The conversation shifted from subject to subject, circling back, leaping forward, in the way conversations with good friends often do. My coffee was finished, and my friend had an appointment soon. It was almost time to go when she mentioned something about a women’s ministry team at our church. This team was established and had already planned an event.

I love women’s ministry! I think we, as women, need time together outside the regular routines of life, and we need spirit-filled relationships within those routines. I’m passionate about one-on-one discipleship. I’ve spoken at women’s events. I led the women’s ministry at our previous church in another state (a bigger church than where we go now). I mean, it just made sense for me to do this. How could I have been overlooked?!? Why wasn’t I asked to participate?!

I blurted, “Oh, you should have asked me to be on this team,” hiding my hurt with a smile.

She looked at me blankly, as if the thought had never occurred to her and replied, “Yeah, we should have.”

Everything I felt started with ‘I’.

As I backed out of the driveway a few minutes later, my heart was on fire. I felt ignored, insulted, isolated…and probably some other things that start with ‘I’.

I would have said ‘yes.’

My next stop was that really large department store where we all pay our dues even though we hate buying tires and tater tots under the same roof. (Okay, maybe that’s just me.) It was about ten minutes away. As I drove, I laid my aching heart before the Lord, asking Him why my friends overlooked me or perhaps even rejected me. I told God that I wanted to be asked so I would have the chance to pray about it, to decide if it was part of His will. (Does everyone see the fault in my logic here? Does everyone see the pride that still consumes me?) Then I realized that I would have probably said ‘yes’ to being on the team.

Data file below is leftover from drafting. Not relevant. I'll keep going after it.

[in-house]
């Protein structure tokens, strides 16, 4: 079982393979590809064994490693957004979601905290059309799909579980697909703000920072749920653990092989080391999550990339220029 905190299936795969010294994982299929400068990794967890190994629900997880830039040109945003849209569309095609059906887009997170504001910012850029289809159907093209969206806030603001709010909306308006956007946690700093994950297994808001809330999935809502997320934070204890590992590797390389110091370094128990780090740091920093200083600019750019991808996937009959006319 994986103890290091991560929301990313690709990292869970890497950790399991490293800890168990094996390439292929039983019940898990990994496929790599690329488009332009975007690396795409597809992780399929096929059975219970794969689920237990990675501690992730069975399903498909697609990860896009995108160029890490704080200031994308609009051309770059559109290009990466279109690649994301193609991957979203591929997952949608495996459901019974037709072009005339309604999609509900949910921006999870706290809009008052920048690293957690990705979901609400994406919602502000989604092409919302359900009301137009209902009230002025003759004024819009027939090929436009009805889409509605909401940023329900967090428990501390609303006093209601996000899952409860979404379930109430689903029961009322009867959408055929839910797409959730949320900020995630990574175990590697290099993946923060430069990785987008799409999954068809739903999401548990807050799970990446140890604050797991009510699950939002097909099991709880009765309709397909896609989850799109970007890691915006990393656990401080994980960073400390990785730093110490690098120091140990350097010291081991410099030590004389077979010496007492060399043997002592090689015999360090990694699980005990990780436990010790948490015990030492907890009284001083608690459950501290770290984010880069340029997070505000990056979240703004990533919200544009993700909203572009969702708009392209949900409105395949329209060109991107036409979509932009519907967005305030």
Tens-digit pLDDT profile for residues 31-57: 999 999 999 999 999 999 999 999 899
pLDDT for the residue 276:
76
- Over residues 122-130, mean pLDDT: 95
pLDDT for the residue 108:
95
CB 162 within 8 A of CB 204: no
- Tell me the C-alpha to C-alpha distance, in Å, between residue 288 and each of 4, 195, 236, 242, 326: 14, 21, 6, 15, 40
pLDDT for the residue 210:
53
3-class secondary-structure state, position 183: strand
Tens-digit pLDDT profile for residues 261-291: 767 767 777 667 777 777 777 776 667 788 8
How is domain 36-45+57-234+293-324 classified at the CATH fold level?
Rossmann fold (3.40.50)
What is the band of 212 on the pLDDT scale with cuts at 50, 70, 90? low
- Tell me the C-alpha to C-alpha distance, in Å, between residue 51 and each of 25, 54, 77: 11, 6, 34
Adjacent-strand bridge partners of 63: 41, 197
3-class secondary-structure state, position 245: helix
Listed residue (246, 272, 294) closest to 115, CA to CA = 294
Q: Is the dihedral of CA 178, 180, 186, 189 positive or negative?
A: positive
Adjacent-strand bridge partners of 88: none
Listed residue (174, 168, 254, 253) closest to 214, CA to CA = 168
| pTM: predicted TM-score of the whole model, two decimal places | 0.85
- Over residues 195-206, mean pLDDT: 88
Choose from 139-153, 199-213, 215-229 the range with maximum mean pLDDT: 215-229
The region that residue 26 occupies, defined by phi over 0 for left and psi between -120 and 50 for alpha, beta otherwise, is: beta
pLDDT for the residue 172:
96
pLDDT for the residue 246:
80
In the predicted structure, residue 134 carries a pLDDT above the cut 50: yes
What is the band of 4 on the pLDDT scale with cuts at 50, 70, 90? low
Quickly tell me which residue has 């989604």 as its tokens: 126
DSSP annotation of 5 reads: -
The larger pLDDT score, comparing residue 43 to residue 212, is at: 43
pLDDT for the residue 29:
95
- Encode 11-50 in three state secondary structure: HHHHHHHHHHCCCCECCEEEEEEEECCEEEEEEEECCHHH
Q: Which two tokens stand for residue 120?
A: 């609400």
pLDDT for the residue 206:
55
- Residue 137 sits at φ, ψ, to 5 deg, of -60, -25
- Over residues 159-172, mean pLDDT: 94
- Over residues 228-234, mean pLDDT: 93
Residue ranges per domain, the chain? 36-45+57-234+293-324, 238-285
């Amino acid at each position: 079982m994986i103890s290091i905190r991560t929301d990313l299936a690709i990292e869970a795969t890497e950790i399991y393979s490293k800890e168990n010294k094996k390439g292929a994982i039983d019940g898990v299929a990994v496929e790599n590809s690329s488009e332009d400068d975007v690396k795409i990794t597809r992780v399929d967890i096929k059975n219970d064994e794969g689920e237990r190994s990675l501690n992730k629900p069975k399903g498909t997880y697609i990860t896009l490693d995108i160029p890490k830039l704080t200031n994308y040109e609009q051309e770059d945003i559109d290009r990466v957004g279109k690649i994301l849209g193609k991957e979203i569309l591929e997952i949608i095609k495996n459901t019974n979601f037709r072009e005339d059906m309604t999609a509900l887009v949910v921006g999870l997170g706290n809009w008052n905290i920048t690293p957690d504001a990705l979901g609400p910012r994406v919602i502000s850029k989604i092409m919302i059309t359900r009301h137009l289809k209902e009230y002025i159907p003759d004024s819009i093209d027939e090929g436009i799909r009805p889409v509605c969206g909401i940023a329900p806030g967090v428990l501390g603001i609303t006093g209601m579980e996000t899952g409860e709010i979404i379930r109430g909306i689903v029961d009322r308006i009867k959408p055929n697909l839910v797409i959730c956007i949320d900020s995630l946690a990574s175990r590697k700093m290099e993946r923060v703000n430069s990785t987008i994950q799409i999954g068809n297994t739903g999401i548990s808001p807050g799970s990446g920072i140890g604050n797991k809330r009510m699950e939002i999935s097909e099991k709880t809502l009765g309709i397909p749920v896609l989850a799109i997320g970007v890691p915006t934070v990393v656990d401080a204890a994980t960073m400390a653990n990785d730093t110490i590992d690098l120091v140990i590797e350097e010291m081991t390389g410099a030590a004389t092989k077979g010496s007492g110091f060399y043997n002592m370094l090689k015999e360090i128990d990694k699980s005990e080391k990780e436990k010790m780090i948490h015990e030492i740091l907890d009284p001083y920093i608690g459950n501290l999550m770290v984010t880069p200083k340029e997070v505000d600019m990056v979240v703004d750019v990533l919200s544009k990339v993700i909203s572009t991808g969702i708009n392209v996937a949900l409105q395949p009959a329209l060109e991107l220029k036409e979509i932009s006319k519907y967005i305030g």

God led my mind toward the inevitable consequences of that ‘yes’: multiple evening meetings, time away from family, tasks to complete, phone calls, brain power and emotions depleted because I can’t do anything at 50%. He gently reminded me of my callings in this ‘season’ of life. Besides the ongoing and superlative tasks of being a wife and mother, I am supposed to write. That’s where I need to spend my time and energy. I need to be home with my family in the evenings. I need to pour my heart into discipling my children. I need to reserve some attention for my husband. And I need to wear my fingers out on this keyboard.

My inevitable ‘yes’ would have put
me outside the will of God.

If I had said ‘yes’ to the women’s ministry team, I would have done good work. I would have felt positive about my contribution to our church body. It would have looked Christ-like, and I would probably have garnered praise from others in our church. But I would have rejected my very-real calling as a Bible study writer. I would have been outside the purposes of God. By causing me to be overlooked, our wise Heavenly Father protected me from myself and from a pattern of disobedience that would have eventually affected all my relationships—especially my relationship with Him.

I pulled into a far-away parking space (because I can always use the extra steps) and just sat there in the car, praising God. In ten minutes, He took me from complaining and questioning to thanksgiving; isn’t that fantastic? When he prevented my invitation to the women’s ministry team, He did something good for me; it just didn’t feel so good.

And we know that in all things God works for the good of those who love him, who have been called according to his purpose. –Romans 8:28

Confession: Sometimes “for the good” doesn’t feel so good in the moment. (click to tweet)

God was working this situation for my good even when it didn’t feel very good. When have you seem Him work “behind the scenes” to protect or promote you? How have you experienced the truth of Romans 8:28?


One thought on “When “For the Good” Doesn’t Feel So Good

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